So many of you ask about my pets - my dogs, cats, canaries, horses, donkeys, chickens, and the peafowl. I love giving you updates on all of them. My youngest dogs, Bete Noire and Creme Brûlée, are thriving here at the farm. These two one-year old female French Bulldogs are extremely exuberant, and love to get into everything.
Recently, I decided it was time to build a more suitable fence for all my dogs - one that enclosed a courtyard space behind my Winter House, where they could relax and play when not out with me or on long walks around the property. I wanted the fence to be durable, and to coordinate well with my home. I discussed plans with my carpenter, John Kowalczyk, owner of JK Home Remodeling in Stamford, Connecticut, and he started work on it right away.
Here are some photos of the building process. Enjoy.
There’s a lot of activity going on outside our workshop. My carpenter, John Kowalczyk, owner of JK Home Remodeling, is laying out the pieces for our new dog fence.
Each panel is made from wood cut right here at the farm. We’re using cedar, which won’t warp despite weather, humidity or changing temperature conditions. It is among the best types of wood for building.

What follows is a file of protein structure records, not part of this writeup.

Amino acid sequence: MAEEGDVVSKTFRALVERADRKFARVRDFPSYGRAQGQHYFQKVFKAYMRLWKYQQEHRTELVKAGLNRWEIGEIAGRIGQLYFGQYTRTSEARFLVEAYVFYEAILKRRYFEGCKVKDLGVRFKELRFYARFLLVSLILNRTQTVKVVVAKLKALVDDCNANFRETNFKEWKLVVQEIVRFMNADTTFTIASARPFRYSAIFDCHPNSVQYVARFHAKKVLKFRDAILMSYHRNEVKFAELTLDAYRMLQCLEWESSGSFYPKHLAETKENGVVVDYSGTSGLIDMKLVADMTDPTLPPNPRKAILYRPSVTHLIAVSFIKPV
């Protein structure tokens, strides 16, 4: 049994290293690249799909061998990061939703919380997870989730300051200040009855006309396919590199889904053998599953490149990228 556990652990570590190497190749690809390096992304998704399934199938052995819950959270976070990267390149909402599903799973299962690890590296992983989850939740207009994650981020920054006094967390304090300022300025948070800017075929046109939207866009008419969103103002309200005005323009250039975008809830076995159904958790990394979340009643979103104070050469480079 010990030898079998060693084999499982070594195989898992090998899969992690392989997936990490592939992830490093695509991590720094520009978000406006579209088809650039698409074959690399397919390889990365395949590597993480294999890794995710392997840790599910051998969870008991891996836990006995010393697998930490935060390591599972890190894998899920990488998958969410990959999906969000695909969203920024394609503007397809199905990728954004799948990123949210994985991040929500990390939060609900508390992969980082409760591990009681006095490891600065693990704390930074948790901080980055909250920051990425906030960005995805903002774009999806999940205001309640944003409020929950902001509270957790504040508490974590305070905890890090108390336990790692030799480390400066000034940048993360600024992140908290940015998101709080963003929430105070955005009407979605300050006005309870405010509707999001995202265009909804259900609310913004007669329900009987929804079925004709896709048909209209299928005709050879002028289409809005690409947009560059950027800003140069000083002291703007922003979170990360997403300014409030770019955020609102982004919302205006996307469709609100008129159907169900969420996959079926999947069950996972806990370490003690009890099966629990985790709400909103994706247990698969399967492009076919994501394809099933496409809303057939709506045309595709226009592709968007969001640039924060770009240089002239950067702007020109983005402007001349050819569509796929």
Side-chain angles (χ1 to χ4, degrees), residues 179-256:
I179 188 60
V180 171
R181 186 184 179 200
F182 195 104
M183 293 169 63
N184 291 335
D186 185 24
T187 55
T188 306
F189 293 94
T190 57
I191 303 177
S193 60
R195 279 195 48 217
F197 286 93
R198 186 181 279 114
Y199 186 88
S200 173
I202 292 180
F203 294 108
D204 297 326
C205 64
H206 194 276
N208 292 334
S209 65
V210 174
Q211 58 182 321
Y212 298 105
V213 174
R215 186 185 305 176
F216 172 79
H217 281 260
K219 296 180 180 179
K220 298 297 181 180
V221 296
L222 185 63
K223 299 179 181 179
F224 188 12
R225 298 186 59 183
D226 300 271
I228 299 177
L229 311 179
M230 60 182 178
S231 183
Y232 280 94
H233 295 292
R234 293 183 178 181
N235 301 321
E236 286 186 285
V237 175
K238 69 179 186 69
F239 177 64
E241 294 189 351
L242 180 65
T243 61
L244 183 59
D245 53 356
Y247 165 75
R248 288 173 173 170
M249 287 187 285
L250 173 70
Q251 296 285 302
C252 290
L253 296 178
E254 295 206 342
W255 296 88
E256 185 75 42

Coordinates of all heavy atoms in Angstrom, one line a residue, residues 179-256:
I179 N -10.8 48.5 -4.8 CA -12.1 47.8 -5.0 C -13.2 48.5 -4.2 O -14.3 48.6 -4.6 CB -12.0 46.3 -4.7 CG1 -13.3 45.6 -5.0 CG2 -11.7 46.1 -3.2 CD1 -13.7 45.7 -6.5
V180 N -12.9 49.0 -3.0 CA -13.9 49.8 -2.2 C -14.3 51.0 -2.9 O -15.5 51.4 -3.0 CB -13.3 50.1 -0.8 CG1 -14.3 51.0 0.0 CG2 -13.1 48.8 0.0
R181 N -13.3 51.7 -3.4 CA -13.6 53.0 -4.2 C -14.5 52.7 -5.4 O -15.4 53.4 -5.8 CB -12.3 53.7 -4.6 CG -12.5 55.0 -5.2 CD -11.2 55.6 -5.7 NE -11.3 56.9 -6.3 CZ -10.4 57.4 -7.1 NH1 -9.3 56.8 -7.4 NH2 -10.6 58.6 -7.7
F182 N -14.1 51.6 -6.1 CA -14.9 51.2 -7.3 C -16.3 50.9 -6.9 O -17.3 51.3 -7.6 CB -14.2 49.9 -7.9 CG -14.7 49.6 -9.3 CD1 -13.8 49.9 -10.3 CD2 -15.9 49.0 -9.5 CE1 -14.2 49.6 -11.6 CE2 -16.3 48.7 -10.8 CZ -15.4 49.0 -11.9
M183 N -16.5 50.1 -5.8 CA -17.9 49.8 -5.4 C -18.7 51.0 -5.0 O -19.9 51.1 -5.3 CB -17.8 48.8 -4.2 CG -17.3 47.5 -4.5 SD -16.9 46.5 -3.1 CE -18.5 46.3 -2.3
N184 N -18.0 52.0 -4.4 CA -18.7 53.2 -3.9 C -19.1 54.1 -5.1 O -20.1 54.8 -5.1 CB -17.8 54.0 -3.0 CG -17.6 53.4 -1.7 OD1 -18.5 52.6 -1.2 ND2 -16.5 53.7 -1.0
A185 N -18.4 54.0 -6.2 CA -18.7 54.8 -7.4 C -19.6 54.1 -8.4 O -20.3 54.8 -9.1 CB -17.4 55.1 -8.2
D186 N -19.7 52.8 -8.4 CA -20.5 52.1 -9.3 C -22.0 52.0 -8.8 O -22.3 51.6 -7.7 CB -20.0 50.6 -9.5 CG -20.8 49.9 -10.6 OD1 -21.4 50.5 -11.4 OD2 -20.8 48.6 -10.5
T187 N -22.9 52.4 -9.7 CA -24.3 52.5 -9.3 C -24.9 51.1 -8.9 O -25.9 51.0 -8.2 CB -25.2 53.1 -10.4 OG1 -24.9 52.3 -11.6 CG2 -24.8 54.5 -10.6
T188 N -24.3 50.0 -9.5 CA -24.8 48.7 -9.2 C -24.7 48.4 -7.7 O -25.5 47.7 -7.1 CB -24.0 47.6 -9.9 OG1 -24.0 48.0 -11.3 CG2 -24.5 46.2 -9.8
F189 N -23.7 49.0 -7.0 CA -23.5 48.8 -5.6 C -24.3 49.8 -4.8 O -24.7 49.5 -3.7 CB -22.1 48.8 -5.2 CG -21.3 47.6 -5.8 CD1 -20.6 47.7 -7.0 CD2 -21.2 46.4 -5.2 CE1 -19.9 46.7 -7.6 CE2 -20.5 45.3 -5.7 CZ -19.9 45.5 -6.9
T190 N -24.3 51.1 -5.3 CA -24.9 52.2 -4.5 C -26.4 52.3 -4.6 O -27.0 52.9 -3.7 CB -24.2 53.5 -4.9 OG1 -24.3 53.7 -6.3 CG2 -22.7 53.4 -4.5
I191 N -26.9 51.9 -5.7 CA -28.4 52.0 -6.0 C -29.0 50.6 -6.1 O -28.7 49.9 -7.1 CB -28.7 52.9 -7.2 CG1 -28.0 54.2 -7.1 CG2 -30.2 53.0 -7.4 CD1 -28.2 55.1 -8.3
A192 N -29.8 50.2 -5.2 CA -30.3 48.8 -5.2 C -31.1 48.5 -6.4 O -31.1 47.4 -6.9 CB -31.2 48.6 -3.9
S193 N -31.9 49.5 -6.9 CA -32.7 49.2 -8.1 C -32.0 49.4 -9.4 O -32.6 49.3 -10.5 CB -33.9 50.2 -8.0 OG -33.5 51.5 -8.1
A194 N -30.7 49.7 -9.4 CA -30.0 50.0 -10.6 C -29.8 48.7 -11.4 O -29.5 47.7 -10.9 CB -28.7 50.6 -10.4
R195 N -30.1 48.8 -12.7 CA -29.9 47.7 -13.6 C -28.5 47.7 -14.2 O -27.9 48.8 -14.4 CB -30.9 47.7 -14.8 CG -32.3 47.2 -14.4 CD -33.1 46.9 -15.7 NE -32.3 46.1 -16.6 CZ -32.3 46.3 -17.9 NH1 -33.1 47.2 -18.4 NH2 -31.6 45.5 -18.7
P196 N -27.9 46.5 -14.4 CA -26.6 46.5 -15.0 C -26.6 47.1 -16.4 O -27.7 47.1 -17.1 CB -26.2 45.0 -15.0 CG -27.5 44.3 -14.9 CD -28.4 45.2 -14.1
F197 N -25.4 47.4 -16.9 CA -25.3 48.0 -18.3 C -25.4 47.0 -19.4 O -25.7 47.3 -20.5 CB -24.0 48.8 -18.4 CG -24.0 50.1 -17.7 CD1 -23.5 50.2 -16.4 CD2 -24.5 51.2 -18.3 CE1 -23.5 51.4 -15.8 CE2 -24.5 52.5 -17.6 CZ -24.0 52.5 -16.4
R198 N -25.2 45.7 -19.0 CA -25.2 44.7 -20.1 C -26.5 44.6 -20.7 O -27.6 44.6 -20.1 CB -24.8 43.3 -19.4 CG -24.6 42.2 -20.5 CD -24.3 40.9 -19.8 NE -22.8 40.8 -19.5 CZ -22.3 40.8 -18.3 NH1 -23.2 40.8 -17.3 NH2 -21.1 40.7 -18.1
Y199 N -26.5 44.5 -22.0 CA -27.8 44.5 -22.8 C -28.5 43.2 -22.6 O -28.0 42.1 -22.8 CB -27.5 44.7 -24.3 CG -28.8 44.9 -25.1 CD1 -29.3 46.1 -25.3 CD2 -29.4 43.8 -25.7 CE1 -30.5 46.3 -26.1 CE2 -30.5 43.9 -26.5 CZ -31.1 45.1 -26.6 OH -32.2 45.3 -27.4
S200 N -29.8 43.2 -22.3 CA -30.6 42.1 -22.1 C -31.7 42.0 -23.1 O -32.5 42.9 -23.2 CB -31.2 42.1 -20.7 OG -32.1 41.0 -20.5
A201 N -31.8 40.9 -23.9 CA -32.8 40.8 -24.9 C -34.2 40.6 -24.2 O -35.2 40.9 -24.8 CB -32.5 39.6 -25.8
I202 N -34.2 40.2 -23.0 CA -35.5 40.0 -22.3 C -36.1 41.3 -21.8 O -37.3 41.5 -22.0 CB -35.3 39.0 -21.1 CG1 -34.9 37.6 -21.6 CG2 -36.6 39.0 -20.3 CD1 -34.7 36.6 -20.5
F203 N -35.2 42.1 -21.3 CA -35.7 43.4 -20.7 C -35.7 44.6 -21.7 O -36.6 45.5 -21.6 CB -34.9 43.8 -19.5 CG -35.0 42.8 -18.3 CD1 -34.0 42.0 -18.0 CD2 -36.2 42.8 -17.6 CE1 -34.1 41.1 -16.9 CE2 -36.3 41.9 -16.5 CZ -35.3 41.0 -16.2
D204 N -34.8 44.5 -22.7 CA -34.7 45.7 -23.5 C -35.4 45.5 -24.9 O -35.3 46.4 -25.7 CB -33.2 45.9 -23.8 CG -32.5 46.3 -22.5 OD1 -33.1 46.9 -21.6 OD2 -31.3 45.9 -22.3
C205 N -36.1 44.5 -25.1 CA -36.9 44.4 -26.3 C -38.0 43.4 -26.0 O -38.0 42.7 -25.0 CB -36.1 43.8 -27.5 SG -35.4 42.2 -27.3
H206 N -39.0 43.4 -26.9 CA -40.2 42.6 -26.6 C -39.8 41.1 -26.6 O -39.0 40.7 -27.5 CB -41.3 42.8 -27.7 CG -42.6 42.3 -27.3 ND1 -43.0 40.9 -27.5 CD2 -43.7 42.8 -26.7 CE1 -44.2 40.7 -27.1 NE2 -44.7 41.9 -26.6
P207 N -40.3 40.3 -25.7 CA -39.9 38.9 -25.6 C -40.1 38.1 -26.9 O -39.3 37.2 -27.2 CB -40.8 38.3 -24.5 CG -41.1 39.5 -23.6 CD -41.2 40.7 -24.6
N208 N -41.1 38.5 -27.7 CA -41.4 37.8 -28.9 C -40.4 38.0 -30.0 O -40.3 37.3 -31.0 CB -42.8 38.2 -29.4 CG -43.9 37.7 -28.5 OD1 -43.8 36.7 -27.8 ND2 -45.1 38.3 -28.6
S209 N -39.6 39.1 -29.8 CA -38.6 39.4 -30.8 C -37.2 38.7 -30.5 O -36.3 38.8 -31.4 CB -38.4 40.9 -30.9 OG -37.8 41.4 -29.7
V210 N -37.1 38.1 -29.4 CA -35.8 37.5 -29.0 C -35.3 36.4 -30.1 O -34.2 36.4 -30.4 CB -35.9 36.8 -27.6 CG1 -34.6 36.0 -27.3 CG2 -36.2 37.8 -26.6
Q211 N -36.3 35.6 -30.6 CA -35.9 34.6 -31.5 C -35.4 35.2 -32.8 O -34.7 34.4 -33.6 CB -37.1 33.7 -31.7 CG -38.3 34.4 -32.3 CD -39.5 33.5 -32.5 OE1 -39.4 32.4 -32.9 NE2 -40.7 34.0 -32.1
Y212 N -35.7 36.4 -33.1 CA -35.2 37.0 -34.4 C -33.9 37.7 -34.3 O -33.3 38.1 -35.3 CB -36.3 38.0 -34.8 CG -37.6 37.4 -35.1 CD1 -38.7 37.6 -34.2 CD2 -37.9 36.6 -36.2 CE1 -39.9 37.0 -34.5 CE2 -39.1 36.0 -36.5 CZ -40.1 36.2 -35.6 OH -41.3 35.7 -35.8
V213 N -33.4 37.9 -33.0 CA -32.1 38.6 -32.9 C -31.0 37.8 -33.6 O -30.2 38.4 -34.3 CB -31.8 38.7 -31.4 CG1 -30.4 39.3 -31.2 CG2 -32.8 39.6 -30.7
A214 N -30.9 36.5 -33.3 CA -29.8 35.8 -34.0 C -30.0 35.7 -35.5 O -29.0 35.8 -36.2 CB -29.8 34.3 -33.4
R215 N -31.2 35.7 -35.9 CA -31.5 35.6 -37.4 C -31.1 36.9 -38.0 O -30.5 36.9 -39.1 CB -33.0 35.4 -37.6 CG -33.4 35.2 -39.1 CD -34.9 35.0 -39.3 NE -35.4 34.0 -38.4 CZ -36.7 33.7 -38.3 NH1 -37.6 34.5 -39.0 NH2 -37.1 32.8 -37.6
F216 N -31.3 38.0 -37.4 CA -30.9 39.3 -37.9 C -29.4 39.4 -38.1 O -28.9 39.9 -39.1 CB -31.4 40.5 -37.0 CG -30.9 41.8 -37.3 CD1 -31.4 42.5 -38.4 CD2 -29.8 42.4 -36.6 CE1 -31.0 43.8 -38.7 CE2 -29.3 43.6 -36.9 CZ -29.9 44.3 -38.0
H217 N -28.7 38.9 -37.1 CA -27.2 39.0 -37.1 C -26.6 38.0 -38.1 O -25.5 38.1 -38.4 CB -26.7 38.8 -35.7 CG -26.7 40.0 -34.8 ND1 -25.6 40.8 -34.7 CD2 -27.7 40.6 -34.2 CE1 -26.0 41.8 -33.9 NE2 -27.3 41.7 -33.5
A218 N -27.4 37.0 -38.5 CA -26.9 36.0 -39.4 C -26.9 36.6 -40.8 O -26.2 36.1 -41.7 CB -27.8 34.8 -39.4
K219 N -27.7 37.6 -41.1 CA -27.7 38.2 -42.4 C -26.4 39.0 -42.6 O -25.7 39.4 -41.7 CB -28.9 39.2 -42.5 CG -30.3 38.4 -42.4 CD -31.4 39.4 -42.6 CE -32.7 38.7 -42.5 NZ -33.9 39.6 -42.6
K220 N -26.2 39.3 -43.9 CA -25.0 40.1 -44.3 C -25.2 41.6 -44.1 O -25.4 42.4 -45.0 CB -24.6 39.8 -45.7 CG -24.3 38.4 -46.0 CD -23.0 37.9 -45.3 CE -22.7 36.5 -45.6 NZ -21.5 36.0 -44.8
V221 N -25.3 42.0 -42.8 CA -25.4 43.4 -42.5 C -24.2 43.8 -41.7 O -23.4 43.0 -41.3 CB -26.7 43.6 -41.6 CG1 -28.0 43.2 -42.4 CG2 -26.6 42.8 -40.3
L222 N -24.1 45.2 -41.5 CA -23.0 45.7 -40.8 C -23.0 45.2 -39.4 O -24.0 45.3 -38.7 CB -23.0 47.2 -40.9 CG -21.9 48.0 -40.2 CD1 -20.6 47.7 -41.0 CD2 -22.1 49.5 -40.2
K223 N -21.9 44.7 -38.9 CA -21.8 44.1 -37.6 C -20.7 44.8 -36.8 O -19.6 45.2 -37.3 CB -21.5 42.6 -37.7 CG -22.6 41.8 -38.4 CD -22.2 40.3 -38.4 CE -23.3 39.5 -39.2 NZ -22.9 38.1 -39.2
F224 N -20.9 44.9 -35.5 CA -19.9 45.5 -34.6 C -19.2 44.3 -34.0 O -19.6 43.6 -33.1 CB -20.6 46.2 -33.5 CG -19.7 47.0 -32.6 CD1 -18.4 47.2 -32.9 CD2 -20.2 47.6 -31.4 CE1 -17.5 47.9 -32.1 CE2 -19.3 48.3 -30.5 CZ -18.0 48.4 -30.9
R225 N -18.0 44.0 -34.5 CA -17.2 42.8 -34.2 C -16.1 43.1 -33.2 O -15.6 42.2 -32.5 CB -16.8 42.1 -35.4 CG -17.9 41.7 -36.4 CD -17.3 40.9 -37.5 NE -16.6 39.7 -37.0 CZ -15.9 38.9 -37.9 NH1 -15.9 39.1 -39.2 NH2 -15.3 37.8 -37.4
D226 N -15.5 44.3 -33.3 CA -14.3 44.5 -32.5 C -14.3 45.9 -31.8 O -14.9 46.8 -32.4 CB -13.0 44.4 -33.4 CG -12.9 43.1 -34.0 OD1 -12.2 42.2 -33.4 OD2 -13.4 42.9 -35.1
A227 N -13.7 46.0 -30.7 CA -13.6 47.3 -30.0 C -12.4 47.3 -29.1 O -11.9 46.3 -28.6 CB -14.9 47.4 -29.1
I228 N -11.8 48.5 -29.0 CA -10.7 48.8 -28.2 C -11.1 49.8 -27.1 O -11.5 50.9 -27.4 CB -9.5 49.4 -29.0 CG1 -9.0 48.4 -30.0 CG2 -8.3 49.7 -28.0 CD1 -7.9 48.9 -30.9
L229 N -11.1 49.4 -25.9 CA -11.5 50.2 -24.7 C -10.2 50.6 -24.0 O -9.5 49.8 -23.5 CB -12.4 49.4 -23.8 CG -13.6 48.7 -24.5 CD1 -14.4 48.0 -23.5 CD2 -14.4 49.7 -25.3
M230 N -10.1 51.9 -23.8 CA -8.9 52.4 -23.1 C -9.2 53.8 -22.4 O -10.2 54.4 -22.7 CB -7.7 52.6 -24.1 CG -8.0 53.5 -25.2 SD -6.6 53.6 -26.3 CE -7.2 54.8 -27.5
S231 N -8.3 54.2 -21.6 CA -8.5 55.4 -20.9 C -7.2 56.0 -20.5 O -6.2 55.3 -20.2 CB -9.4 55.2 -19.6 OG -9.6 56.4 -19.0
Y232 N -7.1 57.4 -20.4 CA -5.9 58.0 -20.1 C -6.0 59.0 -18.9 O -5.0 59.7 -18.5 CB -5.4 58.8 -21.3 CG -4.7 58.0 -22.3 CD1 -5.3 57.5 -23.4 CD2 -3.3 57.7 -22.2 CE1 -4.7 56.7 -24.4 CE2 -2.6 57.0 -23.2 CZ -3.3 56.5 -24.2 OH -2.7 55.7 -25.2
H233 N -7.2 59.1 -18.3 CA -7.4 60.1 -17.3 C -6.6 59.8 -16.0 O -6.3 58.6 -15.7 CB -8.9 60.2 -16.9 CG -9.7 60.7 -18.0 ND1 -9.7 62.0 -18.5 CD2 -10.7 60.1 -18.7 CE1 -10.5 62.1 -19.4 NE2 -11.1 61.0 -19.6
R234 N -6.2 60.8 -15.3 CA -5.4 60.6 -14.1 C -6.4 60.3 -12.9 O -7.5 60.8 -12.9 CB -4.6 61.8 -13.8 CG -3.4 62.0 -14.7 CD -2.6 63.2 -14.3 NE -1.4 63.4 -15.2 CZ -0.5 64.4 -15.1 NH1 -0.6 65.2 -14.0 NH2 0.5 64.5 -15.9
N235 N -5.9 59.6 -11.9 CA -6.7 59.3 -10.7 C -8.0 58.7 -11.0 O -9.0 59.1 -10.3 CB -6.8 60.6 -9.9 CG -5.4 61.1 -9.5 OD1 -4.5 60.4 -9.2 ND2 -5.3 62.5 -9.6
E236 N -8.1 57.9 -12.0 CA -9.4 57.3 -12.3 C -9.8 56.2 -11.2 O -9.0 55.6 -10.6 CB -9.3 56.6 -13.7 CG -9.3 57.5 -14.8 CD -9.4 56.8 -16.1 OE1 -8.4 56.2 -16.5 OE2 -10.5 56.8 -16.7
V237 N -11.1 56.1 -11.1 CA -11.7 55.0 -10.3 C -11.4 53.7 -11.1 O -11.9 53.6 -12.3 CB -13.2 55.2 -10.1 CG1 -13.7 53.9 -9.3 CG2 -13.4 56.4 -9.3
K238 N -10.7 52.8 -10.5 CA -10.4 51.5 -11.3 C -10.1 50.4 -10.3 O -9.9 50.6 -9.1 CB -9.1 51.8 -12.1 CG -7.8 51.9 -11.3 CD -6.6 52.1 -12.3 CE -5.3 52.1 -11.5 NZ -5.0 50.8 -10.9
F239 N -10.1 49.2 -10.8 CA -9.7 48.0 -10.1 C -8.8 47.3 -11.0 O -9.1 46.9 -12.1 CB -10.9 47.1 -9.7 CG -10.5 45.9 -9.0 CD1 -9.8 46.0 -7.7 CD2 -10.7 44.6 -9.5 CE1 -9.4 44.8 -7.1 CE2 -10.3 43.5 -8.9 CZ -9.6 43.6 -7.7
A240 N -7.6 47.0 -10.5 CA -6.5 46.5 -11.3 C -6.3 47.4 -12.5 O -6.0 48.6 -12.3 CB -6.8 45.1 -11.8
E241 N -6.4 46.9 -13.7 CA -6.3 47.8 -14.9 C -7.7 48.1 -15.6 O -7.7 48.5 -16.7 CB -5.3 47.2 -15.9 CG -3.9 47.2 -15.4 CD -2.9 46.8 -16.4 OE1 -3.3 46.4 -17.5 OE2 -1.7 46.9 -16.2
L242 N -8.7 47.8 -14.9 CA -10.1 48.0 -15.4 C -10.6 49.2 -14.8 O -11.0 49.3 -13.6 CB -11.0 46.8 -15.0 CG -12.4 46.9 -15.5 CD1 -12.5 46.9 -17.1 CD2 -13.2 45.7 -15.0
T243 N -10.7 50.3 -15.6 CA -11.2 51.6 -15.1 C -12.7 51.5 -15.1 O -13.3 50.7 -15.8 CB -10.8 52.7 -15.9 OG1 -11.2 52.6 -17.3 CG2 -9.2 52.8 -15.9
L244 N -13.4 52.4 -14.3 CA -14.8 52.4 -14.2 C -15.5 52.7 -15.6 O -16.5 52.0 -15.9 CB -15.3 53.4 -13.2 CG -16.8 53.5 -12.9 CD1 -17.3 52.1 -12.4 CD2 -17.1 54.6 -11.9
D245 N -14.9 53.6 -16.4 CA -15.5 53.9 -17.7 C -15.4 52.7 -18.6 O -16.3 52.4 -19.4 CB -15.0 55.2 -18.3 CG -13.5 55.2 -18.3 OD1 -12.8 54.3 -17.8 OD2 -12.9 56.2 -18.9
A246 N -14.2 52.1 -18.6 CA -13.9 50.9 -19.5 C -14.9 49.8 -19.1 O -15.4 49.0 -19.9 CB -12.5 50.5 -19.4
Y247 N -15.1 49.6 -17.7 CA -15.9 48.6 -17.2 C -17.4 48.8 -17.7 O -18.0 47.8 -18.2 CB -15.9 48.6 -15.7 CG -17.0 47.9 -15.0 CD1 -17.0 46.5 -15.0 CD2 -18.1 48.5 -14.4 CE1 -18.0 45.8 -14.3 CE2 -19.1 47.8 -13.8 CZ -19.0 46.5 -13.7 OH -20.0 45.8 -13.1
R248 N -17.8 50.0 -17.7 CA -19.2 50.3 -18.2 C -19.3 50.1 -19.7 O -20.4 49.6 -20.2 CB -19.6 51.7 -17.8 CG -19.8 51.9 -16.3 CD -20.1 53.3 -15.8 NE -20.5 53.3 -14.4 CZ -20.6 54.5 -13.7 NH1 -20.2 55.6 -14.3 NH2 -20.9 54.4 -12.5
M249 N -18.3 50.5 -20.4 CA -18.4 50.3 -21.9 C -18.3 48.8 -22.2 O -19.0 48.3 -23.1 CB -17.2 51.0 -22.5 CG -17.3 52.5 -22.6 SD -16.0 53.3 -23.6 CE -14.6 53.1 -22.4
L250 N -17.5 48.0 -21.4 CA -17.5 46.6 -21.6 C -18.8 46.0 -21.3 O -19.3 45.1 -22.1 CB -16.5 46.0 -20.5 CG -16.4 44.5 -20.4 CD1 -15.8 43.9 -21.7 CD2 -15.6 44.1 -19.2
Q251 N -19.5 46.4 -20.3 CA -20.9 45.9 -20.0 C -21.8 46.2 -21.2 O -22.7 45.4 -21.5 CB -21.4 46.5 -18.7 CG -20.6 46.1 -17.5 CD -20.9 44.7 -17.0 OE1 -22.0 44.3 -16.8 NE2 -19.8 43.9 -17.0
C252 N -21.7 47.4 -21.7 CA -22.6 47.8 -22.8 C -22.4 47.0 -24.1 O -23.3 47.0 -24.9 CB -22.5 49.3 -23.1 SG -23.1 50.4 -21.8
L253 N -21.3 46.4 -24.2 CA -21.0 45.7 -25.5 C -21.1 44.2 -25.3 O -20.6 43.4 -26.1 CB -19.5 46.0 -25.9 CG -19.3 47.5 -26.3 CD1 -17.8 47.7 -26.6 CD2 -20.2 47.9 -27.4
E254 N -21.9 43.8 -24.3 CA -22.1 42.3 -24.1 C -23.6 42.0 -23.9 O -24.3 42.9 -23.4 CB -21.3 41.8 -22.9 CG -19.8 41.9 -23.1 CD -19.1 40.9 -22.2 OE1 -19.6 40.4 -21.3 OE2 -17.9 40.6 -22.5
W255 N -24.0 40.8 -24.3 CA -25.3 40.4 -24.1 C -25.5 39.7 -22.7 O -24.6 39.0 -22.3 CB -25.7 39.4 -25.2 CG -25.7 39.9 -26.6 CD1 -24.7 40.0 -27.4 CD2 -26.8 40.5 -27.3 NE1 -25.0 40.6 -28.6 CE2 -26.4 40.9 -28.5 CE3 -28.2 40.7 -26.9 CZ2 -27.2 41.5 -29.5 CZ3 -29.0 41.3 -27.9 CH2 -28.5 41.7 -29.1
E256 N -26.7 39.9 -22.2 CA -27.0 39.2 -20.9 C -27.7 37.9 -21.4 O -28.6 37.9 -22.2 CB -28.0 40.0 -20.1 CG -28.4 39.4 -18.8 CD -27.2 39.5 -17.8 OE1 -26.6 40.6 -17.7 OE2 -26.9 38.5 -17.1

This frame was painted my signature “Bedford Gray”. The team completed one frame, so I could see what the finished product would look like before they continued with the rest.
Once we were all set with the plans for the fence, Fernando began priming and painting all the wooden pieces.
These four-inch wooden boards are about 10-feet long. The fence will match all the other structures at the farm.
Each piece was cut to size – we were able to repurpose a lot of good lumber.
I wanted to use a very strong wire for the fence. This is quarter-inch steel with one-inch by one-inch squares – rabbit wire – we don’t want any doggie paws or noses to get stuck.
To fit the dimensions of the frames, Pete cuts the wire by hand.
The wire cutter is very easy to use and gets the job done quickly.
John lays the rabbit wire onto the frame.
It is measured out perfectly, so there is just the right amount of overlap on the wooden edges.
A second piece of wood is placed over the wire.
And then using one-and-a half-inch screws, John secures the wire between the cedar pieces.
John places screws evenly down the length of the frame.
After all the frames are painted, and all the wire is installed, the fence panels are brought down to the courtyard outside my Winter House kitchen. Fernando brings some of the shorter pieces.
Here are Pete and John carrying the longer pieces.
It is so exciting to see the fence come together.
The first panel is the most important because it sets up the fence dimensions – it must be straight, level and square.
Here is a view of a fence frame from the top – the rabbit wire is sandwiched tightly between these pieces.